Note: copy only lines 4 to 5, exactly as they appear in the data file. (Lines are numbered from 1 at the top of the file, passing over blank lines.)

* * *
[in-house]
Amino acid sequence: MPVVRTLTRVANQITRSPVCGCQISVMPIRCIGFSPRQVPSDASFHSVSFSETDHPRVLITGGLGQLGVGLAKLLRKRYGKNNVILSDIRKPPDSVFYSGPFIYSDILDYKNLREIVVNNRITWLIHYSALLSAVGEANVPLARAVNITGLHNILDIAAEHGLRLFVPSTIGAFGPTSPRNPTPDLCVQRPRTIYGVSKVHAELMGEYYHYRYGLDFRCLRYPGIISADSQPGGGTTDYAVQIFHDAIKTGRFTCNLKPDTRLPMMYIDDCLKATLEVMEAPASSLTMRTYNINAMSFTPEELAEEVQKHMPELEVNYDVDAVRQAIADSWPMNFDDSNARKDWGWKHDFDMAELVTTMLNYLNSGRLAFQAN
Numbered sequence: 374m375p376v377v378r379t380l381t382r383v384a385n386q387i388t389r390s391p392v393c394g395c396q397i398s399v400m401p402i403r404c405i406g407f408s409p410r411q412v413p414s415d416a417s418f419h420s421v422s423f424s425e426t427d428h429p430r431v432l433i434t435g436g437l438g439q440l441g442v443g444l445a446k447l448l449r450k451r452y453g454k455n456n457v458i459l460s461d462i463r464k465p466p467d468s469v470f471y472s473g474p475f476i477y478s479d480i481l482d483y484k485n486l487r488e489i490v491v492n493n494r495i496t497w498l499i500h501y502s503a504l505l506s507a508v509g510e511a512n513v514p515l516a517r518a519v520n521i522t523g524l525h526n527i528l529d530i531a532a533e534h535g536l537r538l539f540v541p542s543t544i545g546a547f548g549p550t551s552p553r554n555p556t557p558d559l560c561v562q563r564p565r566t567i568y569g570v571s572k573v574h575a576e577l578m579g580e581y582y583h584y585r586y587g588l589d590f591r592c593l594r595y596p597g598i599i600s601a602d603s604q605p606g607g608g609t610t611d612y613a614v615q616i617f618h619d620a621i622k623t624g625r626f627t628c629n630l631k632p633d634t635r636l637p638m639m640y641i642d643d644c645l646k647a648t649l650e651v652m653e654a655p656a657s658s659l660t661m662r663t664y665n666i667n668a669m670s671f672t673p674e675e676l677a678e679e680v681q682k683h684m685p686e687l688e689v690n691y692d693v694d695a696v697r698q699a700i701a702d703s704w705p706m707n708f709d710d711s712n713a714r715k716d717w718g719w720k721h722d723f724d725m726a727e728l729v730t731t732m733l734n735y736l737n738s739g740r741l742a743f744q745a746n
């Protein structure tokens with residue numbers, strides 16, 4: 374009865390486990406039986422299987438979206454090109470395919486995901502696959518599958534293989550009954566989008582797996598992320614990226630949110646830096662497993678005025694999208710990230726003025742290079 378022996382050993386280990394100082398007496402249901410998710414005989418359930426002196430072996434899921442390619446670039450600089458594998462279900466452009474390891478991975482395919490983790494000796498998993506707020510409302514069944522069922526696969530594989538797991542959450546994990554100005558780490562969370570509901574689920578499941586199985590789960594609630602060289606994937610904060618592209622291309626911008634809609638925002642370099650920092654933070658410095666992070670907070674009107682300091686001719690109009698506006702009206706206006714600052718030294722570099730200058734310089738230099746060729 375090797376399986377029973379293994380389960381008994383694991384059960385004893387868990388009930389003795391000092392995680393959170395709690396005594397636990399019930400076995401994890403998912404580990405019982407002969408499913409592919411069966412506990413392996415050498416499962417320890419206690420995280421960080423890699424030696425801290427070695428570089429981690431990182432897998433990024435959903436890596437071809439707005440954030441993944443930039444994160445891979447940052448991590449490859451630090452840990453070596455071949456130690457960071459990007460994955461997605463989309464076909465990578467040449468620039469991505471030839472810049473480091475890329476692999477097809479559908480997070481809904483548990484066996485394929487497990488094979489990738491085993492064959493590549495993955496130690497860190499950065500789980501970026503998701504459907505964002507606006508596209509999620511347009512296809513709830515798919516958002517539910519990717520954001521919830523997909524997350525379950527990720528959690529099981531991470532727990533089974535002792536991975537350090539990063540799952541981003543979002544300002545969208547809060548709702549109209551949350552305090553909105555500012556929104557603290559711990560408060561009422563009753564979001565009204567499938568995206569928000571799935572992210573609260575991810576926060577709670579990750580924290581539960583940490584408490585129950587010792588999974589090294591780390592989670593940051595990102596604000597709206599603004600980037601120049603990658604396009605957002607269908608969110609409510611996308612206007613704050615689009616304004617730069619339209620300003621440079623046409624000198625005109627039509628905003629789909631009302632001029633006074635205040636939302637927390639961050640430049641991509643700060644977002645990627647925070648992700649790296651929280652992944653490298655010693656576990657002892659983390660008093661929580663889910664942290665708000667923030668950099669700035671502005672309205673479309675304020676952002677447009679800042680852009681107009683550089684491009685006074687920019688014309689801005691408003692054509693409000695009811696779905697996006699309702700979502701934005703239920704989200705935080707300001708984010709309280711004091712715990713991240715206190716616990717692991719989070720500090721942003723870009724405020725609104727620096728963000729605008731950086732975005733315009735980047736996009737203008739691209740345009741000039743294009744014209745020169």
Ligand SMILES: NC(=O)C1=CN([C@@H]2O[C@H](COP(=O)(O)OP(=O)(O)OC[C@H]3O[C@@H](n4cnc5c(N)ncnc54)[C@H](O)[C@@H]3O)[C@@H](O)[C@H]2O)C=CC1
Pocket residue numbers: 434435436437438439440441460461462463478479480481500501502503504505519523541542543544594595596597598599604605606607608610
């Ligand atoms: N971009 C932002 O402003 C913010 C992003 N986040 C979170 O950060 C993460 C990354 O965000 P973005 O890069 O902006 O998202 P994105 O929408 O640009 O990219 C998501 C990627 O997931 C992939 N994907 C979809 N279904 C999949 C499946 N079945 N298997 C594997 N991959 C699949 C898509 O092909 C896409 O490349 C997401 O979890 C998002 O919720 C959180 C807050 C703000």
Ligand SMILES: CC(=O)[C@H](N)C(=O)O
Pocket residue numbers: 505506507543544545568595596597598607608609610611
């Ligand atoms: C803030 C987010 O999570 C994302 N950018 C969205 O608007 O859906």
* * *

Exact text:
């Protein structure tokens with residue numbers, strides 16, 4: 374009865390486990406039986422299987438979206454090109470395919486995901502696959518599958534293989550009954566989008582797996598992320614990226630949110646830096662497993678005025694999208710990230726003025742290079 378022996382050993386280990394100082398007496402249901410998710414005989418359930426002196430072996434899921442390619446670039450600089458594998462279900466452009474390891478991975482395919490983790494000796498998993506707020510409302514069944522069922526696969530594989538797991542959450546994990554100005558780490562969370570509901574689920578499941586199985590789960594609630602060289606994937610904060618592209622291309626911008634809609638925002642370099650920092654933070658410095666992070670907070674009107682300091686001719690109009698506006702009206706206006714600052718030294722570099730200058734310089738230099746060729 375090797376399986377029973379293994380389960381008994383694991384059960385004893387868990388009930389003795391000092392995680393959170395709690396005594397636990399019930400076995401994890403998912404580990405019982407002969408499913409592919411069966412506990413392996415050498416499962417320890419206690420995280421960080423890699424030696425801290427070695428570089429981690431990182432897998433990024435959903436890596437071809439707005440954030441993944443930039444994160445891979447940052448991590449490859451630090452840990453070596455071949456130690457960071459990007460994955461997605463989309464076909465990578467040449468620039469991505471030839472810049473480091475890329476692999477097809479559908480997070481809904483548990484066996485394929487497990488094979489990738491085993492064959493590549495993955496130690497860190499950065500789980501970026503998701504459907505964002507606006508596209509999620511347009512296809513709830515798919516958002517539910519990717520954001521919830523997909524997350525379950527990720528959690529099981531991470532727990533089974535002792536991975537350090539990063540799952541981003543979002544300002545969208547809060548709702549109209551949350552305090553909105555500012556929104557603290559711990560408060561009422563009753564979001565009204567499938568995206569928000571799935572992210573609260575991810576926060577709670579990750580924290581539960583940490584408490585129950587010792588999974589090294591780390592989670593940051595990102596604000597709206599603004600980037601120049603990658604396009605957002607269908608969110609409510611996308612206007613704050615689009616304004617730069619339209620300003621440079623046409624000198625005109627039509628905003629789909631009302632001029633006074635205040636939302637927390639961050640430049641991509643700060644977002645990627647925070648992700649790296651929280652992944653490298655010693656576990657002892659983390660008093661929580663889910664942290665708000667923030668950099669700035671502005672309205673479309675304020676952002677447009679800042680852009681107009683550089684491009685006074687920019688014309689801005691408003692054509693409000695009811696779905697996006699309702700979502701934005703239920704989200705935080707300001708984010709309280711004091712715990713991240715206190716616990717692991719989070720500090721942003723870009724405020725609104727620096728963000729605008731950086732975005733315009735980047736996009737203008739691209740345009741000039743294009744014209745020169």
Ligand SMILES: NC(=O)C1=CN([C@@H]2O[C@H](COP(=O)(O)OP(=O)(O)OC[C@H]3O[C@@H](n4cnc5c(N)ncnc54)[C@H](O)[C@@H]3O)[C@@H](O)[C@H]2O)C=CC1